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Website Assessment Audits

Checklist

Site Evaluation

□ Target audience?

□ Accessibility to all users?

□ Users in the United States or abroad?

□ Process transactions?

□ Products or services sold?

□ Forms?

□ Enter data or access database?

Domain Names

□ Proper registration

□ Proper entity listed as owner

□ Trademark due diligence

□ Search for “cybersquatters”

□ Using domain brokers

Use of Third-party Trademarks

□ Written permission prior to use

□ Written permission for quotations

□ Meta tags

□ White text on white background

□ Microscopic type

Hyperlinks

□ Trademark or logo symbols

□ Interstitial notice in terms and conditions

□ Written linking agreement

□ No implicit endorsements

□ No representations about linked sites

□ No framing without permission

□ Written permission for deep linking

Content

□ Development agreement

□ Agreements with independent contractors

□ Employment agreements

□ Other agreements regarding the site

□ Website has right to use content

□ Third-party content providers

□ Photographs

Visitor Uploads

□ Submission agreement

□ Visitor accepts liability associated with upload

□ Chat/discussion room disclaimers

□ DMCA requirements

  • - Permit operator to terminate service
  • - Do not interfere with protection of IP
  • - Agent to notify if infringement

□ File agent name at Copyright Office

Internet Laws

□ Spamming

□ Sales

□ Advertising

□ COPPA

Terms and Conditions

□ Accessible from home page

□ Accessible by link

□ Methods to determine visitor assent

  • - Required online registration
  • - Required acceptance
  • - Prominent notice
  • - Basic notice

□ Changes to legal notices

□ Applicable law and venue

□ Arbitration clause

Data Security and Privacy

□ Privacy policy?

□ Accessible from home page

□ Links to terms and conditions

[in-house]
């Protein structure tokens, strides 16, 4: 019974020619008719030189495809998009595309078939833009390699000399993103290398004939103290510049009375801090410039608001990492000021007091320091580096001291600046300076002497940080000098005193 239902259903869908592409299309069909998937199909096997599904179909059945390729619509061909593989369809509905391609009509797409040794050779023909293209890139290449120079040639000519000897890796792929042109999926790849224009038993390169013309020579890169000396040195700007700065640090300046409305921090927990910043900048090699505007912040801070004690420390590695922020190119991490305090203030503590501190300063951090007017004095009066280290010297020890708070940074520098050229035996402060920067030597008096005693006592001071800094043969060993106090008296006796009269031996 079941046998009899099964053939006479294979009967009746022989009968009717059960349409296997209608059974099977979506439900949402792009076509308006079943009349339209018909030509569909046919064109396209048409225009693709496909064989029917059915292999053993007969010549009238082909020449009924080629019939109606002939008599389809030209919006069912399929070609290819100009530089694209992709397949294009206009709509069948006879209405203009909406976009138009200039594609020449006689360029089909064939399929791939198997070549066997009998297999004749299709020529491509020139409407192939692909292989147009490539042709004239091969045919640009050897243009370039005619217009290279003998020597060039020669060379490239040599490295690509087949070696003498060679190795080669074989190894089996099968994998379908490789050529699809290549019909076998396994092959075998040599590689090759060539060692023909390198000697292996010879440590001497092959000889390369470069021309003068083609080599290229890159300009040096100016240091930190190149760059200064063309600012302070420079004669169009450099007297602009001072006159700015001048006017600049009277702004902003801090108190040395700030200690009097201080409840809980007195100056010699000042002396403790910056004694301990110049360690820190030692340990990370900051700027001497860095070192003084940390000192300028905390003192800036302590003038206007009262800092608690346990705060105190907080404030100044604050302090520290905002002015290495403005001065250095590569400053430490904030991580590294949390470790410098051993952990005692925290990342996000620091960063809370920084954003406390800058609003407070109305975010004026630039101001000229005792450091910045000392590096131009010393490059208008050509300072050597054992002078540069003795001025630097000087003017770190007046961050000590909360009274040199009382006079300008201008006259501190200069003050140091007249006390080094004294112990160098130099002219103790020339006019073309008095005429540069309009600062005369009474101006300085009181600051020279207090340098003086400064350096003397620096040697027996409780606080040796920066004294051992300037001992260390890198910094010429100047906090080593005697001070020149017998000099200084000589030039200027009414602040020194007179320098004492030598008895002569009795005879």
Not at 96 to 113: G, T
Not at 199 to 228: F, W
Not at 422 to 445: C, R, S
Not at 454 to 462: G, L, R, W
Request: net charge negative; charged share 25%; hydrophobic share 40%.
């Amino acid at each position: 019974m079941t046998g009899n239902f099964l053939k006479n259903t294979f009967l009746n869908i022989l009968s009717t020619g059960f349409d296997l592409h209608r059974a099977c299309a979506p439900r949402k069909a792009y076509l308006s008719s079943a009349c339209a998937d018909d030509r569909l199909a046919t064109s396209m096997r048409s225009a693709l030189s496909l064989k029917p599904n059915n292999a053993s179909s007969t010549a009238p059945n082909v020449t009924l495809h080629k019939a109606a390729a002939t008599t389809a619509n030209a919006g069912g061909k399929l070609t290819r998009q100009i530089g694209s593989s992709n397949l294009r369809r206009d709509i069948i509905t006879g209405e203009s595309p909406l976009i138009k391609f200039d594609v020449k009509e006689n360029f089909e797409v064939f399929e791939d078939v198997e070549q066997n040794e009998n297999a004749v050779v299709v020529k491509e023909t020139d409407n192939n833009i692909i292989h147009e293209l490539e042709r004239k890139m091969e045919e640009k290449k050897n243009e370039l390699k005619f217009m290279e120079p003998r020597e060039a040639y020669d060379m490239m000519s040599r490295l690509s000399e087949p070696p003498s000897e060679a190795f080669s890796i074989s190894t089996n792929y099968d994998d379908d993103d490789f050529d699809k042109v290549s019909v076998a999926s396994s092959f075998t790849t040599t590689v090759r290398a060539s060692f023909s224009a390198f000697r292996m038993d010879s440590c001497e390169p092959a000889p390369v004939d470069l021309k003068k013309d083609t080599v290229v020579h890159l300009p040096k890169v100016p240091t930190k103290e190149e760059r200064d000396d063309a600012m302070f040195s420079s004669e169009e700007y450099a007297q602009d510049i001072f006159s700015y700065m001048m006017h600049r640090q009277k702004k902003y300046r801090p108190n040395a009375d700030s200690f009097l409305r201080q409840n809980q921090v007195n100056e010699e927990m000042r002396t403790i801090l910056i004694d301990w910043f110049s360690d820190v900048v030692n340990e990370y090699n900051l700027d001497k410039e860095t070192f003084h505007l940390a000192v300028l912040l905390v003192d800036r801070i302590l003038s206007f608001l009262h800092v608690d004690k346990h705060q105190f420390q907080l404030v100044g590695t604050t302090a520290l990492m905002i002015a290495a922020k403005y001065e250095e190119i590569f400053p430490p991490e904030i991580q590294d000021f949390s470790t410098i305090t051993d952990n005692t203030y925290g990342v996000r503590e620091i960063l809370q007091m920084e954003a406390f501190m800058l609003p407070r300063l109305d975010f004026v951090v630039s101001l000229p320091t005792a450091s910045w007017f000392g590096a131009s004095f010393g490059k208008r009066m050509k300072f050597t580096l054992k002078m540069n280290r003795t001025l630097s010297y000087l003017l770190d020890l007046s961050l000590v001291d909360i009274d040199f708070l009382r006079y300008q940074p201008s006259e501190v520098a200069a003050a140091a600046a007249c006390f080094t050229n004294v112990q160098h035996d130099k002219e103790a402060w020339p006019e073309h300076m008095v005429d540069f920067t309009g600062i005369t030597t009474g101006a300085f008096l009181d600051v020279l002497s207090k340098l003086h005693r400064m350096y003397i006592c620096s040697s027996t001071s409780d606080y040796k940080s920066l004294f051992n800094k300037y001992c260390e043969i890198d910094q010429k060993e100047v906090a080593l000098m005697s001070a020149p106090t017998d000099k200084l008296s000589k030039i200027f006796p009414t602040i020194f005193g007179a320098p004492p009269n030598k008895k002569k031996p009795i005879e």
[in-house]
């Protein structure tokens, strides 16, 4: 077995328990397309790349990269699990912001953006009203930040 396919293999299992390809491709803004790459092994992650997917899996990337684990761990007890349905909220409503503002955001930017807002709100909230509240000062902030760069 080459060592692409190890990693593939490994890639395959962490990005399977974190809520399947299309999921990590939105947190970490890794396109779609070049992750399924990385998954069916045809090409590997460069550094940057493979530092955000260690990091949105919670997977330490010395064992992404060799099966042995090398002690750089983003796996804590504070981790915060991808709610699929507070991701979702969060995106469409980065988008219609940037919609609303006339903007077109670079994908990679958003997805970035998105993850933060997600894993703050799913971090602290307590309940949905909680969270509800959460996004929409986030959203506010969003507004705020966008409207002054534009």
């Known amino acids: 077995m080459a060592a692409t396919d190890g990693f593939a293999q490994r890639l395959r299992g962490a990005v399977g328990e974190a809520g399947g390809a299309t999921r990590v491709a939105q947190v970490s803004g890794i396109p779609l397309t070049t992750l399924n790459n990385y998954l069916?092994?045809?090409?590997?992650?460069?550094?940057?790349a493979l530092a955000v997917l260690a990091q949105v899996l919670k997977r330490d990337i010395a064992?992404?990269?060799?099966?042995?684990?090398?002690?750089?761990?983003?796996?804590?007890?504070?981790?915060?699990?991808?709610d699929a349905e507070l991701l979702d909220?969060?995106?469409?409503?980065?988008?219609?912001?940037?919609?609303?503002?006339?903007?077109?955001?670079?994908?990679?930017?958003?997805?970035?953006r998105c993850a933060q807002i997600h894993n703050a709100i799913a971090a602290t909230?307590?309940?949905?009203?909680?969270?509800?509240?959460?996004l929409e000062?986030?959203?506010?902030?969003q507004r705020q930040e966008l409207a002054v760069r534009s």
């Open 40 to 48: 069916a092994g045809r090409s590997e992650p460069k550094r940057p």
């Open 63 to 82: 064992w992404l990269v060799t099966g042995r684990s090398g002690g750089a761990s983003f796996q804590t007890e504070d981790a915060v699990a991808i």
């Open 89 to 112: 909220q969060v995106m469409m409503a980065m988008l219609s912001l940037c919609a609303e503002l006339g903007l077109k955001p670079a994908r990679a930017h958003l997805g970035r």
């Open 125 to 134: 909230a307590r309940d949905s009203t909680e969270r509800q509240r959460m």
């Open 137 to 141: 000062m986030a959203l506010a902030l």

□ Employees follow policy

□ Third-party online privacy certification

□ Agreement with hosting provider

□ Firewall

Insurance

□ Intellectual property infringement

□ Invasion of privacy

□ Defamation

□ Personally identifiable information

□ Protected health information

□ Personal financial information

□ Misuse of information by site

□ Misuse of information by employee

Additional Concerns

□ Record of modifications to T&C

□ Copyright notice on site

Overview

Launching and maintaining a website require substantial background knowledge on the associated risks and limitations. Issues range from evaluating the integrity of prospective domain names and ensuring the integrity of the company’s domain name; using third-party trademarks and linking to their protected sites; and navigating through the vast network of federal and state regulations governing the practice of website development. This chapter discusses some of the main issues to consider in launching and maintaining a website.

While it may seem that many website are relatively straightforward, the reality is that most websites are highly complex combinations of programming and content from dozens of third-party sources. In addition, the website is usually being hosted by yet another third-party vendor. There may also be agreements with a further range of vendors to provide various services in support of the website. Those agreements can range from payment processing contracts to order fulfillment to protection from denial of service attacks.

Key Issues and Guiding Principles

Evaluate Your Website

■ Who is the website’s targeted audience? This audience could be vendors, dealers, resellers, strategic partners, consumers, children, regulators, or search engines.

■ Is the entire website accessible to all users, or is access to certain portions limited to classes of users with varying user rights? Additionally, are the website’s users generally located inside or outside the United States? If outside, can the locations be identified where users outside of the United States (generally) access the site? If so, what percentage of all site users are nonU.S. users?

■ Does the website process any transactions? These may include credit applications, sale of goods, and user registrations.

■ Are any products or services sold or made available on the website? If so, they should be identified. Products or services may include tangible products, insurance, securities, information, and financial services.

■ Does the website use any forms? If so, how does it use forms? Uses of forms could include product ordering, collection of personal information, etc.

■ Does the website enter data into or access a database? If so, does the website owner have the proper licenses to use such database, including tables, table definitions, entry forms, report engines, etc.? Know the location of the database and compile a list of who has access to the database if it is shared.

 
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